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Pollution Alert: Avoid the Beaches for 72 Hours

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Trash found near a Ballona Creek storm drain outlet | Photo via Heal the Bay
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This cool weather has brought Southern California its first significant rainfall after a long drought period and that means stay away from the beach water, says Heal the Bay. That's because the county's 2,800-mile storm drain system, which is meant to prevent local flooding on rainy days, also moves pollution into the Santa Monica and San Pedro bays.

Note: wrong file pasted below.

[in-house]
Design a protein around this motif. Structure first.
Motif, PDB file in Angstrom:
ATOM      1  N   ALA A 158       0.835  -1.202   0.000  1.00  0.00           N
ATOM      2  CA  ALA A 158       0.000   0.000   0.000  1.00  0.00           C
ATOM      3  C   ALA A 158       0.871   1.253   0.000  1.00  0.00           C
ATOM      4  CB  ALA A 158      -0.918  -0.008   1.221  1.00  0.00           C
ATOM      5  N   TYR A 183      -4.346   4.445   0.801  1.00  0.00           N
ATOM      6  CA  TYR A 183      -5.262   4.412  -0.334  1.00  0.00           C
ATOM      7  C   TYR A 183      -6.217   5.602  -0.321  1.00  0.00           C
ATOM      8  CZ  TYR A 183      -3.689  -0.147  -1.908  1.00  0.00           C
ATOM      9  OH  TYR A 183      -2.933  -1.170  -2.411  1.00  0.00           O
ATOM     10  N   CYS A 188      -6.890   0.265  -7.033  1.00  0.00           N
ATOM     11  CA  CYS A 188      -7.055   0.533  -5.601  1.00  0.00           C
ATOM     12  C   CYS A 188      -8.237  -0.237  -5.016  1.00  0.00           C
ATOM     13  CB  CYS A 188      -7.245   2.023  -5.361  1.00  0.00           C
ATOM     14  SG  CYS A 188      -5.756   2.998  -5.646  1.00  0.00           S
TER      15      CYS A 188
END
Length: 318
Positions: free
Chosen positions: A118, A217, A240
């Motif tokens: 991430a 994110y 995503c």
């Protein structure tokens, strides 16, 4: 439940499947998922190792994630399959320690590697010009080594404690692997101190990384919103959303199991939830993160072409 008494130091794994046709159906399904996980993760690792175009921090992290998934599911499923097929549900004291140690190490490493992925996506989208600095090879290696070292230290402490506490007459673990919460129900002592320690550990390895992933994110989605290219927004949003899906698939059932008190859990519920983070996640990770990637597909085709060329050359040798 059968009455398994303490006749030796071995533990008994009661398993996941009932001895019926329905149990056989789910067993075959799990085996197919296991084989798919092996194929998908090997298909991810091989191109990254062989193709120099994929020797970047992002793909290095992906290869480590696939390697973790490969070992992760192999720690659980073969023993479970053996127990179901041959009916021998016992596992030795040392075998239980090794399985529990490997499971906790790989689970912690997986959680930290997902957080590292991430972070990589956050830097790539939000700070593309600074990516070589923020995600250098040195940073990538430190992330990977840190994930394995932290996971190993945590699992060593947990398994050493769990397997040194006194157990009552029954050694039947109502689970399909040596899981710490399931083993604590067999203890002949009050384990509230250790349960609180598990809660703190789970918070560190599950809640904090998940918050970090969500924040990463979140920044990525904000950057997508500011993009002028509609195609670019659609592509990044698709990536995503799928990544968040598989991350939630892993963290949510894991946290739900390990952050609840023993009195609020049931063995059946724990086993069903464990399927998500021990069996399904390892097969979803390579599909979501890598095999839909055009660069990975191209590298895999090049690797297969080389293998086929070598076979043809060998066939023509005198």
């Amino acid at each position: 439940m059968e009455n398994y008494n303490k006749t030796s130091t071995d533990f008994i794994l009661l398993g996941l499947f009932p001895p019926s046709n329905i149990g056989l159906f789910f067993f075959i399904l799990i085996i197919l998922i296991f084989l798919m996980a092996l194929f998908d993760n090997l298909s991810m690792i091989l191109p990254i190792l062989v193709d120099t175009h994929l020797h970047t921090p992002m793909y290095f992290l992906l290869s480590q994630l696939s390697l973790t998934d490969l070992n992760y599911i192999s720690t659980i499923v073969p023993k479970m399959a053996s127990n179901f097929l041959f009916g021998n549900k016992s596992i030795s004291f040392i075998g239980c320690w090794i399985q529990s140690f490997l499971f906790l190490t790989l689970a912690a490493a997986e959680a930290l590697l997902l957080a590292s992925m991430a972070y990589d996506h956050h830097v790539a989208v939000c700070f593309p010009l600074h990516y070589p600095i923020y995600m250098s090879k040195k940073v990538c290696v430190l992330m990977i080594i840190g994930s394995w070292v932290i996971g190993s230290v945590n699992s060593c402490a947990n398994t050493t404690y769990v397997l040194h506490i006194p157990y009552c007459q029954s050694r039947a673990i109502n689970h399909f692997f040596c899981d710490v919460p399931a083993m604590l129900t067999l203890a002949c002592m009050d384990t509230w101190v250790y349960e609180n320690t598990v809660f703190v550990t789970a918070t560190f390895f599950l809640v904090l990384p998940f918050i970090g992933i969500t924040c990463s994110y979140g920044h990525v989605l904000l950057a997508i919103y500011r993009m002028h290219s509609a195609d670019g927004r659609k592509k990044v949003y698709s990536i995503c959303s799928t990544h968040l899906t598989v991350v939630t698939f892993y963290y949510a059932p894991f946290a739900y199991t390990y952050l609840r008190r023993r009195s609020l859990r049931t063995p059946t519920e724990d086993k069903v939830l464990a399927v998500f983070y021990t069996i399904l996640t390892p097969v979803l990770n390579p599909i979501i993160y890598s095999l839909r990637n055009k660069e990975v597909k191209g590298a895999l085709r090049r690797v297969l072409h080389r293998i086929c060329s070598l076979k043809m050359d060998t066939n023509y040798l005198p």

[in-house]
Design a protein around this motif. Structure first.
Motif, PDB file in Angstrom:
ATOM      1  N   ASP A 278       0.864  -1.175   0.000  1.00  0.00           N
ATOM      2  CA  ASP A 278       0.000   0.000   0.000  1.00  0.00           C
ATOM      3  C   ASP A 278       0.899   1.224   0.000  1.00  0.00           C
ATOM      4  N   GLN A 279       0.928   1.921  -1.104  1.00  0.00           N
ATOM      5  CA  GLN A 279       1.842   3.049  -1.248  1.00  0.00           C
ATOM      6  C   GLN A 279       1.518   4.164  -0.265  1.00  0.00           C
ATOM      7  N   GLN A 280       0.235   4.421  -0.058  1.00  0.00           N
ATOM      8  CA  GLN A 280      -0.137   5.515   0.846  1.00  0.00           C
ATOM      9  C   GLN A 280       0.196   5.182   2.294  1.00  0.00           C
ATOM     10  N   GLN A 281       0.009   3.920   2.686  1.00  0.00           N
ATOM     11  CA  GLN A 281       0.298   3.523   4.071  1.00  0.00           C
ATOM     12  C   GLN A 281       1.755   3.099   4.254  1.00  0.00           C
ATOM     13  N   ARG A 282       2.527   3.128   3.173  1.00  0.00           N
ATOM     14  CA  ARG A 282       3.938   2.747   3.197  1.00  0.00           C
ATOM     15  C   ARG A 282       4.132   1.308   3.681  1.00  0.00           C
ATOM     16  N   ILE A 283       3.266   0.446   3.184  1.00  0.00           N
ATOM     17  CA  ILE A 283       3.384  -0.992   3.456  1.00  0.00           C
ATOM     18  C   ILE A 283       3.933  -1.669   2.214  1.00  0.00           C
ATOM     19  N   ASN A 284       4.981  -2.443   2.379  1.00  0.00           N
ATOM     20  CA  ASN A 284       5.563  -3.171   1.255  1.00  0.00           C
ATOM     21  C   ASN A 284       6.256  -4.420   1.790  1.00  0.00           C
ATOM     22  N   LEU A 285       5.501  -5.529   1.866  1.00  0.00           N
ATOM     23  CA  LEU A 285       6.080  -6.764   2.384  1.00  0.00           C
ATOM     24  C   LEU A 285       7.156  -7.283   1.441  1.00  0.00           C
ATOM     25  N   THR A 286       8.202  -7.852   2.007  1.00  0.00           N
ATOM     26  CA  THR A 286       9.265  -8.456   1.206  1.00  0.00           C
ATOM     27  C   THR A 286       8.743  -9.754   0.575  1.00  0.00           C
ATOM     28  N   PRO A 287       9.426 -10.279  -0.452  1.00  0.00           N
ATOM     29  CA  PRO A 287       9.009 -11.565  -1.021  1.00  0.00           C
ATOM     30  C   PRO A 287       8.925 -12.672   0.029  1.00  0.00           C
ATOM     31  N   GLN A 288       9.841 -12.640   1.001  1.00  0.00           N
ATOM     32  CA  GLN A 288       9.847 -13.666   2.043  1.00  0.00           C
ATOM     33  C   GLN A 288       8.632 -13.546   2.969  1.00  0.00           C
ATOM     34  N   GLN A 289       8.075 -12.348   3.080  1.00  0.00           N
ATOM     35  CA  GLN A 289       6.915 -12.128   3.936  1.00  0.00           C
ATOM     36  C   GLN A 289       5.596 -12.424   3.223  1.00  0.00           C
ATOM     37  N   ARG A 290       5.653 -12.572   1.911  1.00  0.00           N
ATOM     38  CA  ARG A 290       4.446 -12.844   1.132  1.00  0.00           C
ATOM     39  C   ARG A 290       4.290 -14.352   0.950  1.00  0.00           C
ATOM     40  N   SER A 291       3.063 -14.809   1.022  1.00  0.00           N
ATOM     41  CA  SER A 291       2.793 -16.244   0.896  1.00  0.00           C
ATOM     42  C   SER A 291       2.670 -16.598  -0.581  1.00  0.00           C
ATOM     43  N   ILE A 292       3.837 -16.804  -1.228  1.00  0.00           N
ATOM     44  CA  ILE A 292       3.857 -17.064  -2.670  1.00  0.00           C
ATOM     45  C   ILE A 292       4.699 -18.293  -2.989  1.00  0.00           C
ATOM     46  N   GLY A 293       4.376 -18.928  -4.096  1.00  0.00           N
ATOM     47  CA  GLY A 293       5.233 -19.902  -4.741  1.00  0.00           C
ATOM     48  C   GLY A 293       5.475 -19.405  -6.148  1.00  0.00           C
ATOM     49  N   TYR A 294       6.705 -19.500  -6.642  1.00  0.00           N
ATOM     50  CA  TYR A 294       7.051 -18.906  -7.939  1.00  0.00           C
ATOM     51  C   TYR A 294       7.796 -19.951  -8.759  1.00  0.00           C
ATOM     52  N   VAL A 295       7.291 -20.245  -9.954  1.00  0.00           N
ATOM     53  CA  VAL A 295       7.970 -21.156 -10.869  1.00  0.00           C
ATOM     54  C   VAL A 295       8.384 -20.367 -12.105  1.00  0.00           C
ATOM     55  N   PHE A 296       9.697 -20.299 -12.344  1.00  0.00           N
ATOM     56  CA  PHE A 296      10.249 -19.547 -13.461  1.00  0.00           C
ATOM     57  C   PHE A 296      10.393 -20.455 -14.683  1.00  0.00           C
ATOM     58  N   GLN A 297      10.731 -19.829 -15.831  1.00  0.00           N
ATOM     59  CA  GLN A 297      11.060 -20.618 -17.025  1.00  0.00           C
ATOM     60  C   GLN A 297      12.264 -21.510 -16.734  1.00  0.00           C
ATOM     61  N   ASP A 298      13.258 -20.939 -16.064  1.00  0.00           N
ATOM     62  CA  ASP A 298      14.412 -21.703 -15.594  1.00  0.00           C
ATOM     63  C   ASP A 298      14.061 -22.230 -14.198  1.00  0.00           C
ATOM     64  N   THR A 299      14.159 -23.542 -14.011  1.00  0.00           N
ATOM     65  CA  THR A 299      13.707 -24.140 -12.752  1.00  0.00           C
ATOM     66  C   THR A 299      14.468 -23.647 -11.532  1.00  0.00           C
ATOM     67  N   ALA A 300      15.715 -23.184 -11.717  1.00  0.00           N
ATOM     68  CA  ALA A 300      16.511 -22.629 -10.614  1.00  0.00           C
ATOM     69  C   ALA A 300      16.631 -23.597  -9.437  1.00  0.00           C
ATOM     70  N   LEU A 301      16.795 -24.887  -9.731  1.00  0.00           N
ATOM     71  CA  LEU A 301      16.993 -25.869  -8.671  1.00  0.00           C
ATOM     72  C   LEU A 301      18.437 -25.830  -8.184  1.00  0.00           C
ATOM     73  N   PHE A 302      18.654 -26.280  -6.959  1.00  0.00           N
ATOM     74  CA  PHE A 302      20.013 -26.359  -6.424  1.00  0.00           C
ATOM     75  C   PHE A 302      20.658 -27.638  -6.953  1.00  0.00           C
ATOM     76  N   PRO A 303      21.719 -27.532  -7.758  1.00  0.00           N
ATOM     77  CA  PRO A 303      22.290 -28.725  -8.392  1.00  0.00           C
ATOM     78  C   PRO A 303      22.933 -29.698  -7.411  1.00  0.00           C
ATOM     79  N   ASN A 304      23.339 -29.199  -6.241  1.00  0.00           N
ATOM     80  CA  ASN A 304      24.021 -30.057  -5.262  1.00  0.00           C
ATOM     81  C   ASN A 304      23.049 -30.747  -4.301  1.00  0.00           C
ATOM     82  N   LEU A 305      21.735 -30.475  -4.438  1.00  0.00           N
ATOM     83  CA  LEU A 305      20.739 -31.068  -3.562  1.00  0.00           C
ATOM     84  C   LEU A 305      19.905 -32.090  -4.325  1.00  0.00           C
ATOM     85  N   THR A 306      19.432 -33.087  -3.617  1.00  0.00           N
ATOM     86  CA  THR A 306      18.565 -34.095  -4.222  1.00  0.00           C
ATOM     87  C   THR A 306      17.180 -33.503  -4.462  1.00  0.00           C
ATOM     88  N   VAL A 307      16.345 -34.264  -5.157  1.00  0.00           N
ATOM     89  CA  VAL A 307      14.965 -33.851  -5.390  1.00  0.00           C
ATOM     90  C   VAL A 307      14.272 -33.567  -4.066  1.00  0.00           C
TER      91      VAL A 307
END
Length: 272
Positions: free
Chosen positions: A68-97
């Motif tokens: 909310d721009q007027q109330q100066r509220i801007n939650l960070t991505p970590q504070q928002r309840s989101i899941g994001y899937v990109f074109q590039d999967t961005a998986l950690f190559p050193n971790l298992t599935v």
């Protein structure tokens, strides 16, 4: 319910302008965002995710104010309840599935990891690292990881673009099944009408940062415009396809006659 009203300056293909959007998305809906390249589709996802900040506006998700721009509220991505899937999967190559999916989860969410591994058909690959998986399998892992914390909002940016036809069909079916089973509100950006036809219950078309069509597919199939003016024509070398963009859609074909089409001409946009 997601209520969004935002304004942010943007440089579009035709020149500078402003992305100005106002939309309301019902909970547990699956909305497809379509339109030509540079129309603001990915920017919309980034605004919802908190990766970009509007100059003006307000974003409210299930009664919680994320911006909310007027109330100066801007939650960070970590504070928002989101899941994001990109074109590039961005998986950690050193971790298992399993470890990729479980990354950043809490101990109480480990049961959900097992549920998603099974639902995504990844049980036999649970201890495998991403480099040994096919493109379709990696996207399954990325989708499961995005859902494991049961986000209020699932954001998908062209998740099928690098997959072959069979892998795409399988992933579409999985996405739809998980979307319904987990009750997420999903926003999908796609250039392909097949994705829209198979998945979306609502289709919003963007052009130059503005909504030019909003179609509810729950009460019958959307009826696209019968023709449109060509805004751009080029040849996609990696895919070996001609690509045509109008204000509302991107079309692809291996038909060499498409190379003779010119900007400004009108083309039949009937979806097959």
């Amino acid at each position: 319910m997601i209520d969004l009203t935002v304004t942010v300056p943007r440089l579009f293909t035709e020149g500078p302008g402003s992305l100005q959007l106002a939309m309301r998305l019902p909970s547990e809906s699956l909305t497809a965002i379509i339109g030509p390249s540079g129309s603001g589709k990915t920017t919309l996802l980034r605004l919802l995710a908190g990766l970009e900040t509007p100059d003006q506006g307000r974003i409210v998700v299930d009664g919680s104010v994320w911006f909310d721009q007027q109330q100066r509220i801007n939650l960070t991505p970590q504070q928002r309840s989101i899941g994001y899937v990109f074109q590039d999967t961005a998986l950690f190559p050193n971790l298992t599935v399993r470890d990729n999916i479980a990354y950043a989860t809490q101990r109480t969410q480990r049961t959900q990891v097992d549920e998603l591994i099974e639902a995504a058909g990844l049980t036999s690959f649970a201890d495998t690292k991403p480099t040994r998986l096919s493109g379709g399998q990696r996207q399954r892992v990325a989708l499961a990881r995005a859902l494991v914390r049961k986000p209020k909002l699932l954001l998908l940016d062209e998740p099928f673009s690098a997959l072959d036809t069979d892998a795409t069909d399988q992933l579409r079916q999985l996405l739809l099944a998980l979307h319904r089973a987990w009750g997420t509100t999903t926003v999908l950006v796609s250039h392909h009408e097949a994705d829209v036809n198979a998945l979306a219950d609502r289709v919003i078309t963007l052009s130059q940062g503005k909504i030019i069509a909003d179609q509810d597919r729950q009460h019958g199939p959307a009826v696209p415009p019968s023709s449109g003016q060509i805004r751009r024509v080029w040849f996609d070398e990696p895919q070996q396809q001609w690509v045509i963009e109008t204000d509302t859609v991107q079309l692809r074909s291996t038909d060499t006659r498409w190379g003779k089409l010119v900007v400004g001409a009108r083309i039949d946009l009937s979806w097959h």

"After heavy rains, more than 70 major outfalls in the Los Angeles basin spew manmade debris, animal waste, pesticides, automotive fluids and human-gastrointestinal viruses into the marine ecosystem. This pollution poses human health risks, harms marine life and dampens the tourist economy by littering shorelines," explained the non-profit in a news release. "Debris and toxins that have been accumulating for months on sidewalks, roadways and riverbeds and are now being washed into the storm drains. Exposure to this runoff can cause a variety of illnesses, most frequently stomach flu."